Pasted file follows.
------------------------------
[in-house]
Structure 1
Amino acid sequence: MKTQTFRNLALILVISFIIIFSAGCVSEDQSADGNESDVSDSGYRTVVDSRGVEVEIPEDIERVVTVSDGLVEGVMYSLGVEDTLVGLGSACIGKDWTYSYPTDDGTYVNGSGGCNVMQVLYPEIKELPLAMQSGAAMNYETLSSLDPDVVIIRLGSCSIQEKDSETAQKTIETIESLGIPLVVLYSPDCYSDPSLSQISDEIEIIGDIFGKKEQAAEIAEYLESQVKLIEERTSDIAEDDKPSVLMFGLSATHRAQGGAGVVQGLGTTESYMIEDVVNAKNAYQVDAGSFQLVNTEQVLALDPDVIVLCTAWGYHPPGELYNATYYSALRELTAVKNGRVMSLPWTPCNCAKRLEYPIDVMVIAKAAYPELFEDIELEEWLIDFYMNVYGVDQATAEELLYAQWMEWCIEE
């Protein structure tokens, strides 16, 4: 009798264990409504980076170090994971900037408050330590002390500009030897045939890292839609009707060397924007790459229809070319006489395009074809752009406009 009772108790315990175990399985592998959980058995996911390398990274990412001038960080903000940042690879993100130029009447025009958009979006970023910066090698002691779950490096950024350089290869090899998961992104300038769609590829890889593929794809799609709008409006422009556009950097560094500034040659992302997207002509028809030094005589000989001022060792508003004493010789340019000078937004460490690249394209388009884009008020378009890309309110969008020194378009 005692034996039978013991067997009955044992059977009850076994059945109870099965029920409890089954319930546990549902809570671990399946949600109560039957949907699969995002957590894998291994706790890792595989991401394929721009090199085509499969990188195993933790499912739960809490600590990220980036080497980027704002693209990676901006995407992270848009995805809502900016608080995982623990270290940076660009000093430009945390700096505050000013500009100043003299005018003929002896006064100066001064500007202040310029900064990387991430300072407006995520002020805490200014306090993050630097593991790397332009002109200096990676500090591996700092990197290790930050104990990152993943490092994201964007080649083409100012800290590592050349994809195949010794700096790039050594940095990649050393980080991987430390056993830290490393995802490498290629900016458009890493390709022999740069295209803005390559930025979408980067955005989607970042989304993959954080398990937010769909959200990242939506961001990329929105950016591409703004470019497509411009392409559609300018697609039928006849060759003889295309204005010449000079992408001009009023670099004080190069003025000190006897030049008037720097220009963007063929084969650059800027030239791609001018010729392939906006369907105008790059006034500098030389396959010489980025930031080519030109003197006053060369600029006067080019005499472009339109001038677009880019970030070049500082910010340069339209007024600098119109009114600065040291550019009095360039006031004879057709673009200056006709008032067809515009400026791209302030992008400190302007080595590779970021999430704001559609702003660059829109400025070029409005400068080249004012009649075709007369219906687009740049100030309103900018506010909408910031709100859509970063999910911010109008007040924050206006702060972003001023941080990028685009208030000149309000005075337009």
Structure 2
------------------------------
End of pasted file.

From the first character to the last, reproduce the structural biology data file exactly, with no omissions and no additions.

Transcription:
[in-house]
Structure 1
Amino acid sequence: MKTQTFRNLALILVISFIIIFSAGCVSEDQSADGNESDVSDSGYRTVVDSRGVEVEIPEDIERVVTVSDGLVEGVMYSLGVEDTLVGLGSACIGKDWTYSYPTDDGTYVNGSGGCNVMQVLYPEIKELPLAMQSGAAMNYETLSSLDPDVVIIRLGSCSIQEKDSETAQKTIETIESLGIPLVVLYSPDCYSDPSLSQISDEIEIIGDIFGKKEQAAEIAEYLESQVKLIEERTSDIAEDDKPSVLMFGLSATHRAQGGAGVVQGLGTTESYMIEDVVNAKNAYQVDAGSFQLVNTEQVLALDPDVIVLCTAWGYHPPGELYNATYYSALRELTAVKNGRVMSLPWTPCNCAKRLEYPIDVMVIAKAAYPELFEDIELEEWLIDFYMNVYGVDQATAEELLYAQWMEWCIEE
């Protein structure tokens, strides 16, 4: 009798264990409504980076170090994971900037408050330590002390500009030897045939890292839609009707060397924007790459229809070319006489395009074809752009406009 009772108790315990175990399985592998959980058995996911390398990274990412001038960080903000940042690879993100130029009447025009958009979006970023910066090698002691779950490096950024350089290869090899998961992104300038769609590829890889593929794809799609709008409006422009556009950097560094500034040659992302997207002509028809030094005589000989001022060792508003004493010789340019000078937004460490690249394209388009884009008020378009890309309110969008020194378009 005692034996039978013991067997009955044992059977009850076994059945109870099965029920409890089954319930546990549902809570671990399946949600109560039957949907699969995002957590894998291994706790890792595989991401394929721009090199085509499969990188195993933790499912739960809490600590990220980036080497980027704002693209990676901006995407992270848009995805809502900016608080995982623990270290940076660009000093430009945390700096505050000013500009100043003299005018003929002896006064100066001064500007202040310029900064990387991430300072407006995520002020805490200014306090993050630097593991790397332009002109200096990676500090591996700092990197290790930050104990990152993943490092994201964007080649083409100012800290590592050349994809195949010794700096790039050594940095990649050393980080991987430390056993830290490393995802490498290629900016458009890493390709022999740069295209803005390559930025979408980067955005989607970042989304993959954080398990937010769909959200990242939506961001990329929105950016591409703004470019497509411009392409559609300018697609039928006849060759003889295309204005010449000079992408001009009023670099004080190069003025000190006897030049008037720097220009963007063929084969650059800027030239791609001018010729392939906006369907105008790059006034500098030389396959010489980025930031080519030109003197006053060369600029006067080019005499472009339109001038677009880019970030070049500082910010340069339209007024600098119109009114600065040291550019009095360039006031004879057709673009200056006709008032067809515009400026791209302030992008400190302007080595590779970021999430704001559609702003660059829109400025070029409005400068080249004012009649075709007369219906687009740049100030309103900018506010909408910031709100859509970063999910911010109008007040924050206006702060972003001023941080990028685009208030000149309000005075337009």
Structure 2